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dc.contributor.authorStaples, Commander Zachary
dc.date2017-03
dc.date.accessioned2018-06-13T17:11:30Z
dc.date.available2018-06-13T17:11:30Z
dc.date.issued2017-03
dc.identifier.urihttp://hdl.handle.net/10945/58964
dc.description.abstractLooking to the past, our Navy acquisition process was organized to deliver advanced industrial hardware that has resulted in the most powerful fleet in the world. Moving forward we will still need world-leading hardware, but now and into the future warfighting capability is generated by software, perhaps more than hardware. Yet acquisition processes and timelines for the delivery of software and hardware may not necessarily be the same. This talk compares and contrasts exemplars of world-leading hardware and software companies against the pace of innovation and acquisition in the Navy, and then goes on to demonstrate a groundbreaking example of global crowdsourcing to achieve both cost and time savings on a maritime domain specific software development project.en_US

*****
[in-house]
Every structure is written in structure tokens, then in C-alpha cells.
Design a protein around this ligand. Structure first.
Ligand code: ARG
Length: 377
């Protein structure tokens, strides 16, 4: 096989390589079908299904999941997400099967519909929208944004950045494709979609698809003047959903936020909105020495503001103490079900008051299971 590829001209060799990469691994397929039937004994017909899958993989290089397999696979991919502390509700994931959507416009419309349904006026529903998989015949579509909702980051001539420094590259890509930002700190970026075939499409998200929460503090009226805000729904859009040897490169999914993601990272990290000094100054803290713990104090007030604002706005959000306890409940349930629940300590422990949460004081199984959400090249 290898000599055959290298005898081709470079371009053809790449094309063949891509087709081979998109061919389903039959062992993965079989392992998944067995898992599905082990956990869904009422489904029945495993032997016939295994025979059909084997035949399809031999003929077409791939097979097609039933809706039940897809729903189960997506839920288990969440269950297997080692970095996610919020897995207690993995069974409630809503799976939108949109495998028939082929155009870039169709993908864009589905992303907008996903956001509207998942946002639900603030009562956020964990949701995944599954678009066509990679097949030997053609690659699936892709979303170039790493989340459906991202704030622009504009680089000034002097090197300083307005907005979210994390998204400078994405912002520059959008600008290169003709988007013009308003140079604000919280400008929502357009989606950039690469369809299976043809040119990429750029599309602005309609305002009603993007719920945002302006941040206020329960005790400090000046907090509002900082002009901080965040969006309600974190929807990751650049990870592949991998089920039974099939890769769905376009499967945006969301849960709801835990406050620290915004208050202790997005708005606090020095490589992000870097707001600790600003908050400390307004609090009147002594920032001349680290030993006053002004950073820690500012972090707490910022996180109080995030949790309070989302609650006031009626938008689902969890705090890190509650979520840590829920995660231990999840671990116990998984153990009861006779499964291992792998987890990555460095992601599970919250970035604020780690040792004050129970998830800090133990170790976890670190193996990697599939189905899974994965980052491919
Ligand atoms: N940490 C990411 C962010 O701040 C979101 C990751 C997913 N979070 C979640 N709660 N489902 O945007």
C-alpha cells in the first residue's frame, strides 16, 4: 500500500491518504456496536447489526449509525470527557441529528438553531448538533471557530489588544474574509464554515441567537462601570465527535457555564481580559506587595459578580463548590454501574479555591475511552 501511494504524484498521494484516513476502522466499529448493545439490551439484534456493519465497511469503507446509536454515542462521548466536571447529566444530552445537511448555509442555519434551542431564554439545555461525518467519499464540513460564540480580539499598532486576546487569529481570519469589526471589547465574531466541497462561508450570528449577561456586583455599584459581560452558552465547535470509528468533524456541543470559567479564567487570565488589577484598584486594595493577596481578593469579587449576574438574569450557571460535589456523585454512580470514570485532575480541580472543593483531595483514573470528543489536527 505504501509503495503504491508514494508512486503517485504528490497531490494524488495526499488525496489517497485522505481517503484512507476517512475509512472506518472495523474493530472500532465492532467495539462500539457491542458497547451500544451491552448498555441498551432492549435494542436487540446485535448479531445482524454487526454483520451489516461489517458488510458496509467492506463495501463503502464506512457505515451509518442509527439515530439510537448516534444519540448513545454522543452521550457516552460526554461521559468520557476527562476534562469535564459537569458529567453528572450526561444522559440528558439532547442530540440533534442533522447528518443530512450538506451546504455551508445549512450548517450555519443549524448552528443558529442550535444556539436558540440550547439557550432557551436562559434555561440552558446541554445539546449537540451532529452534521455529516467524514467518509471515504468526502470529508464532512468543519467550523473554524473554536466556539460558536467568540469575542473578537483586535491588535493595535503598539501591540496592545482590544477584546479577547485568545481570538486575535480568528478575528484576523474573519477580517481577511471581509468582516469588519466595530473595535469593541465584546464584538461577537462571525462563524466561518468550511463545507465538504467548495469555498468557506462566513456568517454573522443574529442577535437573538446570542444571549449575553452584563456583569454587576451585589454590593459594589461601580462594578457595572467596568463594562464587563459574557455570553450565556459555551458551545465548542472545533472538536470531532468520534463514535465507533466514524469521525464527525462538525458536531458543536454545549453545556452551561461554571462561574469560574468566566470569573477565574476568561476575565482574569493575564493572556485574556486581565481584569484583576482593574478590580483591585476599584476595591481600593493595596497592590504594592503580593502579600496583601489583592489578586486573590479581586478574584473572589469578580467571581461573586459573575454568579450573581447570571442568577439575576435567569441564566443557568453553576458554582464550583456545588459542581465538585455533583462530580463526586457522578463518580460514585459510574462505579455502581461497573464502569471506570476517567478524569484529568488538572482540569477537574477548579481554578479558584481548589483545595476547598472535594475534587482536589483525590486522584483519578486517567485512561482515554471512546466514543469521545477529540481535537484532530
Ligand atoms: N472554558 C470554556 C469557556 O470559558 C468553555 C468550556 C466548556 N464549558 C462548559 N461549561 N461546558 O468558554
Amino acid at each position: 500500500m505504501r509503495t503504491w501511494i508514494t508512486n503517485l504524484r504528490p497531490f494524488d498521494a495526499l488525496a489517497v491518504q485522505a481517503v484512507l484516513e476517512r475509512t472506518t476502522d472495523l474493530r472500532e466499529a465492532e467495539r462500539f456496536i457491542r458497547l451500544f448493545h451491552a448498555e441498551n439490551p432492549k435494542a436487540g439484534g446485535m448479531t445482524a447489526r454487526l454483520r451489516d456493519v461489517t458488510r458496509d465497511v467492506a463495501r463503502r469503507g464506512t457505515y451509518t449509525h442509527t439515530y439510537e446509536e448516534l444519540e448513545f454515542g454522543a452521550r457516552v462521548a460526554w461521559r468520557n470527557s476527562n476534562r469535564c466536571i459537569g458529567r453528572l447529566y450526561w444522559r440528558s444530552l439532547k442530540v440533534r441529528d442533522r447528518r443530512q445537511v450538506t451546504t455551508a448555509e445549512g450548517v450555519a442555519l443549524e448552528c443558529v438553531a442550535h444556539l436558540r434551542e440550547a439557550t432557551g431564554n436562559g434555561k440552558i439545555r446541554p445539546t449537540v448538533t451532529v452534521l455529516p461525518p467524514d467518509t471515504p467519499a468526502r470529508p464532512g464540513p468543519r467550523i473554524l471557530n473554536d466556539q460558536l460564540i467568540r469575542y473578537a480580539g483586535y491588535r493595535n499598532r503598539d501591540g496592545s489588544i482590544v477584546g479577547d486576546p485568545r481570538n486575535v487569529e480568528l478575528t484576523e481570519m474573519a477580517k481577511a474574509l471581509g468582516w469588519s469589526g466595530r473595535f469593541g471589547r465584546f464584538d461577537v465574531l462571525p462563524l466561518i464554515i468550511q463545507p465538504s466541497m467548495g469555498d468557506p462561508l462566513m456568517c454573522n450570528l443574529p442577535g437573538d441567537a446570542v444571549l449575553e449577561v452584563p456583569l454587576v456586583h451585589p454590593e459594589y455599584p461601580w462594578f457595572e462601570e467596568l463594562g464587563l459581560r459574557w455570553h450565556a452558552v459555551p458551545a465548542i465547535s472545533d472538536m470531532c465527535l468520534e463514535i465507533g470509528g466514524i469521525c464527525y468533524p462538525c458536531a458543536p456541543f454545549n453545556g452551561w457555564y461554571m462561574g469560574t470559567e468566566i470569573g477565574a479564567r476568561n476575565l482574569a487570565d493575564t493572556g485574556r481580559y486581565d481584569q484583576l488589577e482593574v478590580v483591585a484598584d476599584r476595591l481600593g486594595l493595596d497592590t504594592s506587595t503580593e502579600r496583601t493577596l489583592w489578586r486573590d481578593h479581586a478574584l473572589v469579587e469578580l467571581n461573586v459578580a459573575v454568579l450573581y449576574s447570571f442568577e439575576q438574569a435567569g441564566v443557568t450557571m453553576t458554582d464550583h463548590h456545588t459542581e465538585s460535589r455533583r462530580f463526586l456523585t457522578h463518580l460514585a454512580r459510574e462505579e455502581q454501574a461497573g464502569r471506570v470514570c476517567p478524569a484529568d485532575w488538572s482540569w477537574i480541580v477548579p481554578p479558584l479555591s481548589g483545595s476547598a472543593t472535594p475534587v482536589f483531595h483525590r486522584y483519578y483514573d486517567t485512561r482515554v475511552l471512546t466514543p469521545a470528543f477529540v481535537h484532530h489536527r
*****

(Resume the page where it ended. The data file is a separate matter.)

dc.description.sponsorshipNaval Postgraduate School Acquisition Research Programen_US
dc.publisherMonterey, California. Naval Postgraduate Schoolen_US
dc.rightsThis publication is a work of the U.S. Government as defined in Title 17, United States Code, Section 101. Copyright protection is not available for this work in the United States.en_US
dc.titleFAR-Based Crowd Sourcingen_US
dc.typeReporten_US
dc.identifier.npsreportSYM-AM-17-086


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